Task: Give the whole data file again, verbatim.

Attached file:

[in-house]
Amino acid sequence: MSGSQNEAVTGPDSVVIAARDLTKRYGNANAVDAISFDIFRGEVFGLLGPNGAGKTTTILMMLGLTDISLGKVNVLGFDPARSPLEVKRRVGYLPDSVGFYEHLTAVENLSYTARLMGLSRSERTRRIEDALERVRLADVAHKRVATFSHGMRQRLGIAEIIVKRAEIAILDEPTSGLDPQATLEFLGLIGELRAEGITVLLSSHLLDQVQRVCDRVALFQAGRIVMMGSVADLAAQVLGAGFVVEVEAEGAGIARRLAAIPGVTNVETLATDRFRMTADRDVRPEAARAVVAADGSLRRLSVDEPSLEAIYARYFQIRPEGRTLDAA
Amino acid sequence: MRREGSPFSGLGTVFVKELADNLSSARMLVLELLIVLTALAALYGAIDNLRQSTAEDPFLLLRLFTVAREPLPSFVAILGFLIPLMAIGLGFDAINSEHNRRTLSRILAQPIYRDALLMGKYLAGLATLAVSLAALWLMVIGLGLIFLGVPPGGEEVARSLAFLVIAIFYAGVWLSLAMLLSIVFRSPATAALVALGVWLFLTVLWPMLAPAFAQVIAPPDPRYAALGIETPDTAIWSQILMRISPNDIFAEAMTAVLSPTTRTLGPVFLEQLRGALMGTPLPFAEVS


[in-house]
Amino acid sequence: MSGSQNEAVTGPDSVVIAARDLTKRYGNANAVDAISFDIFRGEVFGLLGPNGAGKTTTILMMLGLTDISLGKVNVLGFDPARSPLEVKRRVGYLPDSVGFYEHLTAVENLSYTARLMGLSRSERTRRIEDALERVRLADVAHKRVATFSHGMRQRLGIAEIIVKRAEIAILDEPTSGLDPQATLEFLGLIGELRAEGITVLLSSHLLDQVQRVCDRVALFQAGRIVMMGSVADLAAQVLGAGFVVEVEAEGAGIARRLAAIPGVTNVETLATDRFRMTADRDVRPEAARAVVAADGSLRRLSVDEPSLEAIYARYFQIRPEGRTLDAA
Amino acid sequence: MRREGSPFSGLGTVFVKELADNLSSARMLVLELLIVLTALAALYGAIDNLRQSTAEDPFLLLRLFTVAREPLPSFVAILGFLIPLMAIGLGFDAINSEHNRRTLSRILAQPIYRDALLMGKYLAGLATLAVSLAALWLMVIGLGLIFLGVPPGGEEVARSLAFLVIAIFYAGVWLSLAMLLSIVFRSPATAALVALGVWLFLTVLWPMLAPAFAQVIAPPDPRYAALGIETPDTAIWSQILMRISPNDIFAEAMTAVLSPTTRTLGPVFLEQLRGALMGTPLPFAEVS